To submit a copy request:
How the Index entries are set up and arranged:
To search the index:
Real Estate Records prior to 1823
Before Yates County was organized in 1823, all of its towns had
settlements, and therefore land transactions and records documenting
them. Deeds and mortgages were filed at the county seat, which was in
Ontario or Steuben County, depending on the town. Of the nine modern
towns, seven came from Ontario County, and two from Steuben.
All the deeds recorded for land sales in the towns which became Yates
County were transcribed by commissioners in the mid 1850s. There are
five books of deeds from Ontario County, two from Steuben County, a book
of mortgages from each, and a general index.
The original five towns which made up the new Yates County were
Benton, Italy, Jerusalem, Middlesex and Milo. Potter and Torrey were
made from portions of some of these, making a total of seven towns in
the original area of the county. Land transactions in these towns began
in the fall of 1788, as soon as Oliver Phelps and Nathaniel Gorham
completed their purchase of the Genesee Country from the Senecas.
Purchases and sales of real estate in these towns between 1788 and 1823
were originally recorded in Canandaigua, the seat of Ontario County.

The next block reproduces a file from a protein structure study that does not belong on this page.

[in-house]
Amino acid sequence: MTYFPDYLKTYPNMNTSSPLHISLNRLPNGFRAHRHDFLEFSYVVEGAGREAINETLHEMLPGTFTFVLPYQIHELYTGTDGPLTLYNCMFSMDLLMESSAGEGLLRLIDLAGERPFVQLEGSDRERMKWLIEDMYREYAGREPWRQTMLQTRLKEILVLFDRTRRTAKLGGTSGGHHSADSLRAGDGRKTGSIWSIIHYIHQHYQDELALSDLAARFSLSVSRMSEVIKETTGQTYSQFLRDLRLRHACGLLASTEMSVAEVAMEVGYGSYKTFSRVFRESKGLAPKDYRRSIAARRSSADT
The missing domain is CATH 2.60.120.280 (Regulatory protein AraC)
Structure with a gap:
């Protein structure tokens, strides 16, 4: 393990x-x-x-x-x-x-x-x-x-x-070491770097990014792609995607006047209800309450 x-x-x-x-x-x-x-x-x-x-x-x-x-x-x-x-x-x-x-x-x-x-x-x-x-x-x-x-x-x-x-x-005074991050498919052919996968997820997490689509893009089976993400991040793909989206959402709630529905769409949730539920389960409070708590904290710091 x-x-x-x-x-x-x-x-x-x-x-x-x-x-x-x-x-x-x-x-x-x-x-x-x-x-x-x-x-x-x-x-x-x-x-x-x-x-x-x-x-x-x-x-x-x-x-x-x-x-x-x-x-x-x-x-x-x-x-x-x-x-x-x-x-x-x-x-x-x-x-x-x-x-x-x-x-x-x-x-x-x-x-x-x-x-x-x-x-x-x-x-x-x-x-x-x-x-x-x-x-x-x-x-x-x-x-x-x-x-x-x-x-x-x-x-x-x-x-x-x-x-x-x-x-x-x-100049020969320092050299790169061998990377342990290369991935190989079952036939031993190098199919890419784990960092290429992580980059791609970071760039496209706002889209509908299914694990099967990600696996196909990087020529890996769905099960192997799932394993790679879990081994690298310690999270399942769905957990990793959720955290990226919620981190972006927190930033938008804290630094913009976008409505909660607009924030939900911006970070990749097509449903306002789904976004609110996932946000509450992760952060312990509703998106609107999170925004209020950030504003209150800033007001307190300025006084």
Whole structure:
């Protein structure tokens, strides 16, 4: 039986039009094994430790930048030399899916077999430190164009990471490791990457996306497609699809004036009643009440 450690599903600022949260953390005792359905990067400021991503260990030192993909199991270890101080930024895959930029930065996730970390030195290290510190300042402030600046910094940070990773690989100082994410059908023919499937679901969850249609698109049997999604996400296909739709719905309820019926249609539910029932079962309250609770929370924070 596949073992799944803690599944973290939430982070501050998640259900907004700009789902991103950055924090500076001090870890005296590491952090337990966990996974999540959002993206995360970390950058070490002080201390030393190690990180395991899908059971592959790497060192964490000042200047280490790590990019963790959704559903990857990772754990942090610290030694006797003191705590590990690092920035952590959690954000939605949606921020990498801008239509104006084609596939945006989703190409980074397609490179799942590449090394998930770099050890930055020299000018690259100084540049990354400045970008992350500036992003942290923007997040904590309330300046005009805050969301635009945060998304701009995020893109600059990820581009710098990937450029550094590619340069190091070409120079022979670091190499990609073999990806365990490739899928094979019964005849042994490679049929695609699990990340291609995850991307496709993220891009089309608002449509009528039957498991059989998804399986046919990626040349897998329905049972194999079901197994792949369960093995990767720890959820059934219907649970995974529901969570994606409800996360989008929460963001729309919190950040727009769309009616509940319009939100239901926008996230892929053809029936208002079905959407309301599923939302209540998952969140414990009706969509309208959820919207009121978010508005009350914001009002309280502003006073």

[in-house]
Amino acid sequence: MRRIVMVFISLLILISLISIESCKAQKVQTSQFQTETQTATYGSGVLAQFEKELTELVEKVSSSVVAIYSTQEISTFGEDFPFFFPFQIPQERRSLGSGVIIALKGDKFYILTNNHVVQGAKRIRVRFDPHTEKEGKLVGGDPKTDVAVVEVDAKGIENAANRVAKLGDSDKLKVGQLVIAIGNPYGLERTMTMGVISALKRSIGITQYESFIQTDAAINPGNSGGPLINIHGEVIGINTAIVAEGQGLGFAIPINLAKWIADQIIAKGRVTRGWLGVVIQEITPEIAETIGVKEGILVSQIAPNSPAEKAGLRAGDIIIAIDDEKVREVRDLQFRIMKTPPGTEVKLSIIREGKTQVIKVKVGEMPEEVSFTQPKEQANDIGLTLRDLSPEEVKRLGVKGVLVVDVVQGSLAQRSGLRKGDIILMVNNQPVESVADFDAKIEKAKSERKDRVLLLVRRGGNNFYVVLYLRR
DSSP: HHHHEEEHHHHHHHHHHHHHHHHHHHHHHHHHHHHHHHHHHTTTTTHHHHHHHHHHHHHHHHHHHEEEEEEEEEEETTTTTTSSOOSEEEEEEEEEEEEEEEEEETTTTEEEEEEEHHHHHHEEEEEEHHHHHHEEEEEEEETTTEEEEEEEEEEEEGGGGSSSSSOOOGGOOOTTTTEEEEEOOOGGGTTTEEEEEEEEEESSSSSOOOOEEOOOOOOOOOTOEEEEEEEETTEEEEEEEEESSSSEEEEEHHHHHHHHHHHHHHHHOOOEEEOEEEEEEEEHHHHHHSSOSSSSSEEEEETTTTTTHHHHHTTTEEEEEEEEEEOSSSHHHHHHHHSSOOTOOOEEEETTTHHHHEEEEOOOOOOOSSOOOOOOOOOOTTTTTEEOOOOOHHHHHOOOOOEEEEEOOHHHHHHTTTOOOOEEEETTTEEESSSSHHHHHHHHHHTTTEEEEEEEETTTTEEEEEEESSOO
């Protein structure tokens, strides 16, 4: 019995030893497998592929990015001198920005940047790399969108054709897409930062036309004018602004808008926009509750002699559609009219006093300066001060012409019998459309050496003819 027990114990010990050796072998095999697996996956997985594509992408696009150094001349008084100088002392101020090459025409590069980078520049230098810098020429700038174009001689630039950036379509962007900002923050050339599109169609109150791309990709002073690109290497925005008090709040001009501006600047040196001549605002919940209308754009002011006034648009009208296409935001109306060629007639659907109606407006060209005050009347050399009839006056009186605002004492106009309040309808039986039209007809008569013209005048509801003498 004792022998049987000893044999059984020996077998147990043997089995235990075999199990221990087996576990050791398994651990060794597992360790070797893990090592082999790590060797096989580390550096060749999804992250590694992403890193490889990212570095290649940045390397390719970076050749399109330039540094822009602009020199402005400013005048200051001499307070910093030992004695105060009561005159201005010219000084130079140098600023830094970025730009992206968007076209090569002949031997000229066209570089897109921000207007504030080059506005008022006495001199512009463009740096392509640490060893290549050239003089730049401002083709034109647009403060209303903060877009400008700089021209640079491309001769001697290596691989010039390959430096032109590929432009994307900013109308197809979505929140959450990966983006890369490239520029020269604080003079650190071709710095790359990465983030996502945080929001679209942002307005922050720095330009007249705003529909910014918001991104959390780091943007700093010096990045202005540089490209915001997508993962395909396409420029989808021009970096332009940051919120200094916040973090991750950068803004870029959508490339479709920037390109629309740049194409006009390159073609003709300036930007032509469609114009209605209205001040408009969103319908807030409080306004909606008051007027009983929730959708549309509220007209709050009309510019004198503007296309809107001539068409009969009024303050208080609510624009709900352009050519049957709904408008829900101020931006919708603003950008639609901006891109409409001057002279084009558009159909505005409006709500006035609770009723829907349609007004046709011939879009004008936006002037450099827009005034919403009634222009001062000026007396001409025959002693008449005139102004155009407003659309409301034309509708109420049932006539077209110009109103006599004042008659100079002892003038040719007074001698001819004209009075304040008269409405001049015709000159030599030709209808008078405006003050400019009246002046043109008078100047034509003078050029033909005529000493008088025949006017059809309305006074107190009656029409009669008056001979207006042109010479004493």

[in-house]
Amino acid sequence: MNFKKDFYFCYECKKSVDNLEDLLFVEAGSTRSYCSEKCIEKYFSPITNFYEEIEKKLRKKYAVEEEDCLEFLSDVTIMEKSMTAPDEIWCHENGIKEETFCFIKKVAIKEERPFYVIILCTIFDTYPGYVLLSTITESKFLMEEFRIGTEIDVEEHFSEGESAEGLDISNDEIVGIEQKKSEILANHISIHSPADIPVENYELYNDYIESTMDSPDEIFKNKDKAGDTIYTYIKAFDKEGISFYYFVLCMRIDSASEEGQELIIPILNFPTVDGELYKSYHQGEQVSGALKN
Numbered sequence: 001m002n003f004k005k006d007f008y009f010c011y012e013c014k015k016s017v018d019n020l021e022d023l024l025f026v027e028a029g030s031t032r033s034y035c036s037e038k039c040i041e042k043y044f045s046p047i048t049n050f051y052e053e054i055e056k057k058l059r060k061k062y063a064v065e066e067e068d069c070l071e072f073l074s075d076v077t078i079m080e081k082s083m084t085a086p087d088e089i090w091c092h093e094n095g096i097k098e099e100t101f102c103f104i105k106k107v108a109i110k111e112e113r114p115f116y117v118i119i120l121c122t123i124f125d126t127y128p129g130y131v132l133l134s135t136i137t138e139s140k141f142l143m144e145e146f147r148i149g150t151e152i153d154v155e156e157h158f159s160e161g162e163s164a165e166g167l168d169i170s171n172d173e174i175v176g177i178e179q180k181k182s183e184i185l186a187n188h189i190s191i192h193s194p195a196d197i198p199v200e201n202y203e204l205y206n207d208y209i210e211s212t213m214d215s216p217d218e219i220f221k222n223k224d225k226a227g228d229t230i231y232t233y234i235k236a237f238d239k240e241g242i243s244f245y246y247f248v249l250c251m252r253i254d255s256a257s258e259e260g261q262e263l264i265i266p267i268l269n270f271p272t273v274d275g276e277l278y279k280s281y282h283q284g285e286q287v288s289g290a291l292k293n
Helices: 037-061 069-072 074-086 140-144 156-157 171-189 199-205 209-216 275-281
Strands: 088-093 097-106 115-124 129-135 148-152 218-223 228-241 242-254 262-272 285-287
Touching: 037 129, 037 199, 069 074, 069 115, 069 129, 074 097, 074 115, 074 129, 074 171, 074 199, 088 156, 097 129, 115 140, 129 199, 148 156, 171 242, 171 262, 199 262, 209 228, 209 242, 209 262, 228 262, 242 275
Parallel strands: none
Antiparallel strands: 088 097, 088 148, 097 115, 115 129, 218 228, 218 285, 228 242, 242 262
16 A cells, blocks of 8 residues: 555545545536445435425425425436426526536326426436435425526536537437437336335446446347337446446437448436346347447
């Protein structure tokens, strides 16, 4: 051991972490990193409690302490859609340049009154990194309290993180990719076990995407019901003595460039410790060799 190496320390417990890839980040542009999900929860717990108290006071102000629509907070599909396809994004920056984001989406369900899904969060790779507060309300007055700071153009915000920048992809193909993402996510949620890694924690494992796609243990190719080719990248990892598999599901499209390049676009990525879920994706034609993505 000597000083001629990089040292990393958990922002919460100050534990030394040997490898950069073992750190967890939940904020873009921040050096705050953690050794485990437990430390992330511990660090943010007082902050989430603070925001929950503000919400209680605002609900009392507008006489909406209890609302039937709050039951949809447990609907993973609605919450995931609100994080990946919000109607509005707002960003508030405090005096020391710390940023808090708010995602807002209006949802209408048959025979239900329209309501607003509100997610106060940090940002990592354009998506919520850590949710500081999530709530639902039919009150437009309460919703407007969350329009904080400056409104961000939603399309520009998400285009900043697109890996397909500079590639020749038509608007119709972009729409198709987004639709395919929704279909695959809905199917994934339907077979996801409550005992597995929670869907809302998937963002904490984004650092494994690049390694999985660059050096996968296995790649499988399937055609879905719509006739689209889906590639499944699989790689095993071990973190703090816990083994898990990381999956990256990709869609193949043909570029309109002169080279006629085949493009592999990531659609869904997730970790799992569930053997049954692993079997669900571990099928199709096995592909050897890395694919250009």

The two southernmost towns, Barrington and Starkey, were annexed in
1826. Unlike the others, these two towns were taken from Steuben County,
and thus all transactions between 1796 (the year Steuben County was
formed from part of Ontario County) and 1826 were originally recorded at
the county seat in Bath.
To summarize: from 1788 to 1796 the entire area of modern Yates
County was in Ontario County, from 1796-1826 part was in Steuben. All
the rest remained in Ontario until 1823, with (naturally) one exception.
The area between the forks of Keuka Lake, known now as Bluff Point, was
part of the Steuben County town of Wayne until 1815, when it was
transferred to the (then) Ontario County town of Jerusalem.
The transcribed (or transmitted, as they are legally called) deeds
from Ontario County fill five books of nearly 600 pages each, and
document the earliest settlements in the county, the tribulations of the
people caught up in the uncertainties over the Pre-emption Line,
bankruptcies and consequent forced sales, distribution of land to settle
estates, gifts of land from one relative to another, and numerous other
important issues. They are an incredibly valuable resource. The two
Steuben County books are equally valuable and interesting.
The original books have been wrapped and are stored in the Archive.
Copies were made several years ago, and it is these volumes that are
available for use by the public. The General Index is organized by the
initial of the surname of the buyer (grantee) and the seller (grantor).
It covers both sides of all transactions in both counties, and is fairly
confusing to use. A new index has been prepared for posting on line.
There are two books of transcribed mortgages. One contains 116 pages
of mortgages originally recorded in Steuben County between 1797 and
1825; most apply to land in the present towns of Barrington and Starkey,
which were annexed to Yates County in 1826; a few apply to lands on
Bluff Point in Jerusalem, which was annexed by Ontario County in 1815.
The other book contains 632 pages of mortgages originally recorded in